Top critical review
EMPHASIS NOT ON TRACY ENOUGH WHILE ROLE AS WIFE,MOTHER-TO-BE LESS INTERESTING
Reviewed in the United States on September 10, 2018
A STEEP PRICE (TRACY CROSSWHITE BOOK 6) BY ROBERT DUGONI
MY REVIEW 3 STARS***
This new installment of the author's successful Tracy Crosswhite series is a novel with two primary plot threads, essentially two very different crime stories running parallel with the author unraveling their respective narratives alternately almost chapter by chapter. I will acknowledge that Dugoni does an acceptable job balancing these plotlines without unduly confusing this reader.
My criticism is that in my case I did not feel that he was successful in
"building suspense and keeping (me) on (my) toes" as one editorial review stated. In fact, I would posit that the novel was actually slow paced, and the book bogged down almost right out of the gate in my case. The plotline that focused on the shooting death of an African American women who was endeavoring to make her neighborhood a safer place to live just didn't resonate with me. I am cognizant that there are poor areas in most metropolitan cities, and I have heard enough about slum landlords, gang-related violence, homicides in poor areas of the cities, drug dealers, and the devastating effects of widespread drug addiction in these impoverished areas to last me a lifetime.
Having said that, the back story about Faz and his spouse Vera, son Antonia, was not needed. The sad reality of married couples being torn asunder by the very real horror of a cancer diagnosis is not what I buy a crime thriller to read about. I like Faz and his long time partner Del, but their personal lives and their cases are not why I buy an installment of the Tracy Crosswhite book series.
Speaking of Tracy, I am not thrilled with her character as a wife and mother-to-be. The underlying theme of children and motherhood ran throughout the book, to include Kins and his "words to the wise" to Tracy about her returning to work after the baby was born; Faz and the background on why he and Vera were destined to have only one child. I found myself sorely missing the Tracy of old, the fast-drawing strong female lead of the original novel and how she was featured in the earlier installments. Approximately 35% into the book there are two different investigations being juggled back and forth as previously noted. Dugoni is decent at making transitions but I was completely disinterested in the case Faz and Del were working and bored with the personal life stuff being piped in all the time, especially the depressing cancer angle. I also found myself despising Dan for his chauvinistic attitude toward women.
I was interested in the missing person case that Tracy's colleague had told her about to elicit assistance with the investigation. The "Indian Way" is both interesting and intriguing to learn more about, "arranged marriages" and the role of women a large component but not nearly all of the so-called "way". I was mildly curious about the new character of Detective Gonzales who was mysteriously assigned to the A Team after what I perceived as shenanigans by Tracy's old foe Nolasco. However, it was not until approximately 60% into the book that I became engaged in BOTH of the storylines---specifically when the missing person became a homicide and Faz was involved with Gonzales in the officer-involved shooting.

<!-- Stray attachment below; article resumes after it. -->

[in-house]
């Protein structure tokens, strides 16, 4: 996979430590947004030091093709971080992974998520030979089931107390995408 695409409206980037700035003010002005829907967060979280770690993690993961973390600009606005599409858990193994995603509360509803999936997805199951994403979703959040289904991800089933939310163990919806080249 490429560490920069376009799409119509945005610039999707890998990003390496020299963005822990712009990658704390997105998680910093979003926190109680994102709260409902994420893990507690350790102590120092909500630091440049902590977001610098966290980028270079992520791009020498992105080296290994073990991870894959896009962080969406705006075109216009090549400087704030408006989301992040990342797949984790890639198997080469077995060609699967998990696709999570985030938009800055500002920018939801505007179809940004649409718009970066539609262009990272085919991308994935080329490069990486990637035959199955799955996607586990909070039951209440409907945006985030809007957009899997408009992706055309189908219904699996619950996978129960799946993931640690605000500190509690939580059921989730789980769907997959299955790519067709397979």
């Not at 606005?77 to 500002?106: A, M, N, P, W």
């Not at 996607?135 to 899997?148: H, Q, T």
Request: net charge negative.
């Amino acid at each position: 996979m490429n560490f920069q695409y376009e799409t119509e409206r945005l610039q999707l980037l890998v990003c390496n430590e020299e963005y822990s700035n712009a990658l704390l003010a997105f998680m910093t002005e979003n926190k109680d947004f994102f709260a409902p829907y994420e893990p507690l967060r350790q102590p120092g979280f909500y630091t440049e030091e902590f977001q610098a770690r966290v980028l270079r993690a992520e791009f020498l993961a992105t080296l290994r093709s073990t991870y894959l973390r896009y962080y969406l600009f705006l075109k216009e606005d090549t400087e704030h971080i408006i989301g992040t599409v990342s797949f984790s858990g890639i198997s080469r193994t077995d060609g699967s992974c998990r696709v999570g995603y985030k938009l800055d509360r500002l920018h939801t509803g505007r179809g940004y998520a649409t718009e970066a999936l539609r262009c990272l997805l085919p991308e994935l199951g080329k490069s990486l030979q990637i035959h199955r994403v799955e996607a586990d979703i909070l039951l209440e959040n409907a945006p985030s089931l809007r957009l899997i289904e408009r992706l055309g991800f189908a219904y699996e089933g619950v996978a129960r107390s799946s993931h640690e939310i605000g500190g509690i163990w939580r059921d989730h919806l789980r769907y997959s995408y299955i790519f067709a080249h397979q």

I truly enjoyed the final 40% of the book, albeit I would never say that this novel sported a "fast-moving plot that builds to a shocker of an ending". The plotline that bored me senseless in the beginning actually did surprise me with its clever and believable plot twist. That is if I give a pass to Faz for his cavalier disregard for computer passwords to protect privatized files. The independent Indian girl who longed to live the American dream and become a medical doctor did not have a surprise ending at all. The true case of Rajinder Atwal, found guilty of stabbing his 17-year-old daughter to death was just recently broadcast on TV. Amandeep had fallen in love with an American student and she had hidden the affair from her parents. Sadly, she did not escape the chains of her culture before her father murdered her in cold blood. The ending of Dugoni's story was quite similar, and the plot could have been pulled from a newspaper story. I recall the heinous case of the mother holding her daughter down while the father stabbed her to death, albeit I cannot recall whether that case was Indian or Muslim. The term "honour killing" suggests some justification or religious rationale for killing one's child. Atwal's case was changed to second degree murder and I think the sentence was reduced to something like 16 years. The failure of a select group of immigrants to assimilate into this great country of ours is a tragedy that appears to have no solution.
This book was never going to elicit 5-Stars from me, and I am deducting 1-Star for the slow paced plot and its failure to fully engage my interest until I had already read well past the halfway mark in the book. I believe a rating of 3 Stars is the best I can muster.
SLOW-PACING WHILE TRANSITIONING TRACY INTO WIFE, MOTHER KILLS INTEREST AND EXCITEMENT OF DEBUT NOVEL AND EARLIER BOOKS IN SERIES